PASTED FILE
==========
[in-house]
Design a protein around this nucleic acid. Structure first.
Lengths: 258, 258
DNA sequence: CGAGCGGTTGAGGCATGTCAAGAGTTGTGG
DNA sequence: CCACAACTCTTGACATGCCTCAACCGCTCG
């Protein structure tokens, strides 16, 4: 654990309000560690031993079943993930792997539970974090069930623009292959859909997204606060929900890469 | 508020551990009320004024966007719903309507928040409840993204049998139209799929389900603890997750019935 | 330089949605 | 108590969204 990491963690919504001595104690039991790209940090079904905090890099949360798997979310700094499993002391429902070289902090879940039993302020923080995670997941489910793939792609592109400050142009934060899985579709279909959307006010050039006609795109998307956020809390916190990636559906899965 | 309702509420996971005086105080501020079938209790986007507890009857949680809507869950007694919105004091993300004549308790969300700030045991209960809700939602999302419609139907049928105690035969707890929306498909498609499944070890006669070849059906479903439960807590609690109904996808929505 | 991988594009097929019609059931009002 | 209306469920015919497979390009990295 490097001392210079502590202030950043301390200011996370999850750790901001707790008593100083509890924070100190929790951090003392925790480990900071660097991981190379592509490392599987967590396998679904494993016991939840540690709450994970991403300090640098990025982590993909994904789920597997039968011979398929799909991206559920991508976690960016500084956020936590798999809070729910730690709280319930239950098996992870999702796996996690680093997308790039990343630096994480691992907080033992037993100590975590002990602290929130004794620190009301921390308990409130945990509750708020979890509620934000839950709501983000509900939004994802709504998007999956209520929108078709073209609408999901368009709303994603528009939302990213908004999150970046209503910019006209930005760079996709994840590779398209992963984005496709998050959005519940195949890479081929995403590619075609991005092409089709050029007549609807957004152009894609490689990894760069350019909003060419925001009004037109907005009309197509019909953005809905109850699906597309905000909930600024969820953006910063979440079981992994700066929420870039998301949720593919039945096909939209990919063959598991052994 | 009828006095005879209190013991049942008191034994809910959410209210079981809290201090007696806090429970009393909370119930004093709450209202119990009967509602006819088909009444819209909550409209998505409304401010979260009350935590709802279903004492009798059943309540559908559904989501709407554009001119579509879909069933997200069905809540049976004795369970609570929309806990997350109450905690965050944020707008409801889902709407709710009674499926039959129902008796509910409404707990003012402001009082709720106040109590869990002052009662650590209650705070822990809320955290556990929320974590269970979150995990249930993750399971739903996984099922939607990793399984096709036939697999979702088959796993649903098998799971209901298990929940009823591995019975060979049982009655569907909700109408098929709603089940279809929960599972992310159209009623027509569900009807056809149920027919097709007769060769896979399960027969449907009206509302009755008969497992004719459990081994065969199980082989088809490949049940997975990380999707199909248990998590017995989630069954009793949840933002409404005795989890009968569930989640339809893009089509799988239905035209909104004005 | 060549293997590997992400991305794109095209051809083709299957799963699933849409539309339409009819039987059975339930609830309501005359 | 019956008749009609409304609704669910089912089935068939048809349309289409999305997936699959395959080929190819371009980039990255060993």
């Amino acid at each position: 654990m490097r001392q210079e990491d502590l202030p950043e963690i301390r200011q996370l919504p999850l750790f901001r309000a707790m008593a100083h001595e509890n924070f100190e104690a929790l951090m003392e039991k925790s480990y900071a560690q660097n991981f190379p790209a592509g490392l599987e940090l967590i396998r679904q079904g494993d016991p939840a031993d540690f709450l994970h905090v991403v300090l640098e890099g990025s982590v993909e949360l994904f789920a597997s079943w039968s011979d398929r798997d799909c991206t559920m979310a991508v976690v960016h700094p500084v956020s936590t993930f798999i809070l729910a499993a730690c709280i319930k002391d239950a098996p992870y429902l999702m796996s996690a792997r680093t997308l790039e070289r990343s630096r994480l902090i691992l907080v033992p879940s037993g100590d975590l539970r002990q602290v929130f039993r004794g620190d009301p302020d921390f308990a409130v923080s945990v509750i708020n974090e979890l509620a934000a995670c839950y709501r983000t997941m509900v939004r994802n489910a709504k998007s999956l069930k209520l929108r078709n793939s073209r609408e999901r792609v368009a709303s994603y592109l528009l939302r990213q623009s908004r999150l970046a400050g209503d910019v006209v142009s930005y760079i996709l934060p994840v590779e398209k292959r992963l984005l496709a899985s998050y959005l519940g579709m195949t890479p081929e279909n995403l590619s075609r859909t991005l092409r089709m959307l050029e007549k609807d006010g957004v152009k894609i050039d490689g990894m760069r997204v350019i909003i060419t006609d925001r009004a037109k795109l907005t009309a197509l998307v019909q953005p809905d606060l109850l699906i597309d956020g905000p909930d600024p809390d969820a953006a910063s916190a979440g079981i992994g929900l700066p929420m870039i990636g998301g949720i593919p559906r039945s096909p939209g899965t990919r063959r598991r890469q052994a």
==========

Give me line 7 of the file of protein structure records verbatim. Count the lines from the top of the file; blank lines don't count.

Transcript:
């Amino acid at each position: 654990m490097r001392q210079e990491d502590l202030p950043e963690i301390r200011q996370l919504p999850l750790f901001r309000a707790m008593a100083h001595e509890n924070f100190e104690a929790l951090m003392e039991k925790s480990y900071a560690q660097n991981f190379p790209a592509g490392l599987e940090l967590i396998r679904q079904g494993d016991p939840a031993d540690f709450l994970h905090v991403v300090l640098e890099g990025s982590v993909e949360l994904f789920a597997s079943w039968s011979d398929r798997d799909c991206t559920m979310a991508v976690v960016h700094p500084v956020s936590t993930f798999i809070l729910a499993a730690c709280i319930k002391d239950a098996p992870y429902l999702m796996s996690a792997r680093t997308l790039e070289r990343s630096r994480l902090i691992l907080v033992p879940s037993g100590d975590l539970r002990q602290v929130f039993r004794g620190d009301p302020d921390f308990a409130v923080s945990v509750i708020n974090e979890l509620a934000a995670c839950y709501r983000t997941m509900v939004r994802n489910a709504k998007s999956l069930k209520l929108r078709n793939s073209r609408e999901r792609v368009a709303s994603y592109l528009l939302r990213q623009s908004r999150l970046a400050g209503d910019v006209v142009s930005y760079i996709l934060p994840v590779e398209k292959r992963l984005l496709a899985s998050y959005l519940g579709m195949t890479p081929e279909n995403l590619s075609r859909t991005l092409r089709m959307l050029e007549k609807d006010g957004v152009k894609i050039d490689g990894m760069r997204v350019i909003i060419t006609d925001r009004a037109k795109l907005t009309a197509l998307v019909q953005p809905d606060l109850l699906i597309d956020g905000p909930d600024p809390d969820a953006a910063s916190a979440g079981i992994g929900l700066p929420m870039i990636g998301g949720i593919p559906r039945s096909p939209g899965t990919r063959r598991r890469q052994a």